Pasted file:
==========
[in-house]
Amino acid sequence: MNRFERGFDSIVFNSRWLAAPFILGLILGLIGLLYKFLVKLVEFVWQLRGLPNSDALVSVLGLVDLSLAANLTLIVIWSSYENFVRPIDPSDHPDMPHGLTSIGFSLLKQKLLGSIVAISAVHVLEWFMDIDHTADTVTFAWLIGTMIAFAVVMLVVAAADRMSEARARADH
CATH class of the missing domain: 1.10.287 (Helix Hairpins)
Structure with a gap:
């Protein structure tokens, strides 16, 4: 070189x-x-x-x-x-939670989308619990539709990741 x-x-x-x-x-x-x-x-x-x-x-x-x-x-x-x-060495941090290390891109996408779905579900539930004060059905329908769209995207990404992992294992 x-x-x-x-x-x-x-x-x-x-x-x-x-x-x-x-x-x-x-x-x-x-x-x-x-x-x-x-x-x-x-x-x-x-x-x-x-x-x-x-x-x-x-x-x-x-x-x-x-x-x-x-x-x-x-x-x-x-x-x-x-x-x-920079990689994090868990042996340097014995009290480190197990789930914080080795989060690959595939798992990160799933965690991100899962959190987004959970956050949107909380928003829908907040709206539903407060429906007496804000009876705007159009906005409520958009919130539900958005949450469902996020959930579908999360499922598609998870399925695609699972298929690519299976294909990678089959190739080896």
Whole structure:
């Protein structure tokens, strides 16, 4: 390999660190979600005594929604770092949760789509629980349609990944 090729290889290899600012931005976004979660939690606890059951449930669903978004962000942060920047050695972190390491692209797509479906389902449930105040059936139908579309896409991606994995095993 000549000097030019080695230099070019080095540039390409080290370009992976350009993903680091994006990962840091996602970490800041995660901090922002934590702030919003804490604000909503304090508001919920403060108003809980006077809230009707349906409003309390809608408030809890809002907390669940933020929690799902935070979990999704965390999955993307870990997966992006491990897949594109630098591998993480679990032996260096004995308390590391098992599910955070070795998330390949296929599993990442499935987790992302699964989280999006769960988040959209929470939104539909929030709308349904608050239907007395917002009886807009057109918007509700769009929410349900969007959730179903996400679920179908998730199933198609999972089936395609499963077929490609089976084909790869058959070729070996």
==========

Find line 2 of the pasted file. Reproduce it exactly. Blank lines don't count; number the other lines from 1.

Amino acid sequence: MNRFERGFDSIVFNSRWLAAPFILGLILGLIGLLYKFLVKLVEFVWQLRGLPNSDALVSVLGLVDLSLAANLTLIVIWSSYENFVRPIDPSDHPDMPHGLTSIGFSLLKQKLLGSIVAISAVHVLEWFMDIDHTADTVTFAWLIGTMIAFAVVMLVVAAADRMSEARARADH